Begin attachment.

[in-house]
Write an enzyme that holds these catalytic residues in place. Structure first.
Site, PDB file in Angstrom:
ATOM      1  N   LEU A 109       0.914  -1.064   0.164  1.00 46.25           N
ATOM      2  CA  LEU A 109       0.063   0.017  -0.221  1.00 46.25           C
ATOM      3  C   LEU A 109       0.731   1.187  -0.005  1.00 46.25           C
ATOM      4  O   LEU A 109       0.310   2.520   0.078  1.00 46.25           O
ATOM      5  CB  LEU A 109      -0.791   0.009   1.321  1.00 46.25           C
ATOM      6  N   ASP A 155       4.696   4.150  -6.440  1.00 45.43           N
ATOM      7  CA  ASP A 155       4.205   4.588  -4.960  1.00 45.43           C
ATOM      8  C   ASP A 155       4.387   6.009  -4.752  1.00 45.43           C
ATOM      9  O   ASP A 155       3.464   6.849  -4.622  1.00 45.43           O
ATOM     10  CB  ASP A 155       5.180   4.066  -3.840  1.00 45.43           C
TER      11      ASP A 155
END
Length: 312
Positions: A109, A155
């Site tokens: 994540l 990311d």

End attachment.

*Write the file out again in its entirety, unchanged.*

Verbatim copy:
[in-house]
Write an enzyme that holds these catalytic residues in place. Structure first.
Site, PDB file in Angstrom:
ATOM      1  N   LEU A 109       0.914  -1.064   0.164  1.00 46.25           N
ATOM      2  CA  LEU A 109       0.063   0.017  -0.221  1.00 46.25           C
ATOM      3  C   LEU A 109       0.731   1.187  -0.005  1.00 46.25           C
ATOM      4  O   LEU A 109       0.310   2.520   0.078  1.00 46.25           O
ATOM      5  CB  LEU A 109      -0.791   0.009   1.321  1.00 46.25           C
ATOM      6  N   ASP A 155       4.696   4.150  -6.440  1.00 45.43           N
ATOM      7  CA  ASP A 155       4.205   4.588  -4.960  1.00 45.43           C
ATOM      8  C   ASP A 155       4.387   6.009  -4.752  1.00 45.43           C
ATOM      9  O   ASP A 155       3.464   6.849  -4.622  1.00 45.43           O
ATOM     10  CB  ASP A 155       5.180   4.066  -3.840  1.00 45.43           C
TER      11      ASP A 155
END
Length: 312
Positions: A109, A155
């Site tokens: 994540l 990311d």